Like the U.S., China has an extensive national park system. Still, its designated parklands aren’t always protected from economic development. On Tuesday, Beijing Youth Daily published an investigation into how 20,000 acres of protected land in southern China’s Guizhou Forest Park were converted into golf courses, padding the pockets of local developers.
A telling note: Since 2004, construction of new golf courses has been illegal in China, following a directive of the State Council. The poorly enforced regulation hasn’t stopped the number of golf courses from multiplying from 170 in 2004 to more than 1,000 today—a more than fivefold increase in a decade, according to the paper.
The quixotic rise of golf in China—where Mao Zedong once lambasted putting as a bourgeois pastime—is the subject of a new book by the Asia Society’s Dan Washburn. In The Forbidden Game: Golf and the Chinese Dream, a charming and accessible work, Washburn follows the lives of three men whose careers are shaped by the sport: an American golf course designer who finds work in China, a budding Chinese tournament golfer, and a farmer whose land is converted into fairways.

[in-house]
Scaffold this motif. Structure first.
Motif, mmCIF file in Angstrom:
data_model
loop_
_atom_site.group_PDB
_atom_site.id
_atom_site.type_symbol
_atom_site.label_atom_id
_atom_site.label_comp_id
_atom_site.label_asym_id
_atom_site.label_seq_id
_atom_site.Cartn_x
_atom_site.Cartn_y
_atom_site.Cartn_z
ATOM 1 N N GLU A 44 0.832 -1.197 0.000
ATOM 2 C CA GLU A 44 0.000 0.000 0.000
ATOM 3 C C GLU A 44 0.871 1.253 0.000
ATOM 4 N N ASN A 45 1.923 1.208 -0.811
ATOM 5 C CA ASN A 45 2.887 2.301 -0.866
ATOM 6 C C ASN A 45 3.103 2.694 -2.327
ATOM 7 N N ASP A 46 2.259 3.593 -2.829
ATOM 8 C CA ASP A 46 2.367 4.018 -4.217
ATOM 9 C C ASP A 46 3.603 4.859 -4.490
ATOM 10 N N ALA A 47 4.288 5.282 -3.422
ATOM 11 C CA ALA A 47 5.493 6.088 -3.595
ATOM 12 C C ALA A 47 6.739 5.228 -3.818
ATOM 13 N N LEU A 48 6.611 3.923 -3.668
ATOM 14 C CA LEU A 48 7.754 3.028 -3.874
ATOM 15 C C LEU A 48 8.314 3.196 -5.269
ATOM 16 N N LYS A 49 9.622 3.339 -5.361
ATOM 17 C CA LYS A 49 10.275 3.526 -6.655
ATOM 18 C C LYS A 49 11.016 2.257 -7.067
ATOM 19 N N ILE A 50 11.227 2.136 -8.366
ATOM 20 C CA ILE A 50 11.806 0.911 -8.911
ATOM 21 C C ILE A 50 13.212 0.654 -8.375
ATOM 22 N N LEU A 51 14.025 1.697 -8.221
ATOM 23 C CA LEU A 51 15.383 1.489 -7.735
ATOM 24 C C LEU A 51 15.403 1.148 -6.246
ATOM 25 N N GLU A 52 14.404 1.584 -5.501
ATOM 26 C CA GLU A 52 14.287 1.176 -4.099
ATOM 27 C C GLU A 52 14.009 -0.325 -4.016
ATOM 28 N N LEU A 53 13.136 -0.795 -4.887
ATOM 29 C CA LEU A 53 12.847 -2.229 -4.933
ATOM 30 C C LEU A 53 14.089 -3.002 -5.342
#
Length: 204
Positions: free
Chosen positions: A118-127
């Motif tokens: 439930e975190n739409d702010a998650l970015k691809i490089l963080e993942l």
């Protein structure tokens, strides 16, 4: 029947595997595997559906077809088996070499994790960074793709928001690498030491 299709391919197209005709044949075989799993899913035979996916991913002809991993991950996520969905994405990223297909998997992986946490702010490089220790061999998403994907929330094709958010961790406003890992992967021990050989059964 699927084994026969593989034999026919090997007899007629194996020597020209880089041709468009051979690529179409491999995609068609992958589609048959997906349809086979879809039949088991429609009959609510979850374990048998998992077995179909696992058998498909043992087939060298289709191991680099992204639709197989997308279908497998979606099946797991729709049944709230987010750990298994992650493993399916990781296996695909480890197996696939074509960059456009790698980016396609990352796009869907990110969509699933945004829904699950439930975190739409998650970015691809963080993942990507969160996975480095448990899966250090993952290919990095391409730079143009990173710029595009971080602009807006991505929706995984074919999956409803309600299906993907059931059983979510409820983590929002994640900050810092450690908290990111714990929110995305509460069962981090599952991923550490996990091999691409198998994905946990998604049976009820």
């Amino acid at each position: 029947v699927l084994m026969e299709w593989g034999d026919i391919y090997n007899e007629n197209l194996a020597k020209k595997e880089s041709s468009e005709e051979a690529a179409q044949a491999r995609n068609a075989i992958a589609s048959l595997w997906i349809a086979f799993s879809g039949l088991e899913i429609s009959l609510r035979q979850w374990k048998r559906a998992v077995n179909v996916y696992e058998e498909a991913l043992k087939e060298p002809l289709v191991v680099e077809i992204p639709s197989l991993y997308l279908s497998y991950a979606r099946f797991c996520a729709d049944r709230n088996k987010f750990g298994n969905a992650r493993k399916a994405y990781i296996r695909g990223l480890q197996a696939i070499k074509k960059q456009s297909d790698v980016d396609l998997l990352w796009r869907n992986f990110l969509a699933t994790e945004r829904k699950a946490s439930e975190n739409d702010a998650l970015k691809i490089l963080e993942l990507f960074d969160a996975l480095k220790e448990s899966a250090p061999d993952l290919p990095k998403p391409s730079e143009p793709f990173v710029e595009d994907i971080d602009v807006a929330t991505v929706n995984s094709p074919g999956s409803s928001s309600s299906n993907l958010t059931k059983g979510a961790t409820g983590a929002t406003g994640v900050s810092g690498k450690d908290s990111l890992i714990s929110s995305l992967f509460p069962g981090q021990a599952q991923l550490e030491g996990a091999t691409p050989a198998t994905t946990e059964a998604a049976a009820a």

As Washburn observes: “Golf, its emergence and growth in China, is a barometer for this change and the country’s rapid economic rise, but it is also symbolic of the less glamorous realities of a nation’s awkward and arduous evolution from developing to developed: corruption, environmental neglect, disputes over rural land rights, and an ever-widening gap between rich and poor.”
As golfing shops and even golf-focused magazines proliferate in China, so do stories of land-grabbing and graft involved in greasing construction deals, such as the report in Beijing Youth Daily. Meanwhile the prestige of joining golf clubs grows—providing opportunities to network with wealthy and well-connected peers—as do potential political pitfalls. Washburn reports that, in an attempt to duck headlines, China “politicians register at golf courses using fake names.”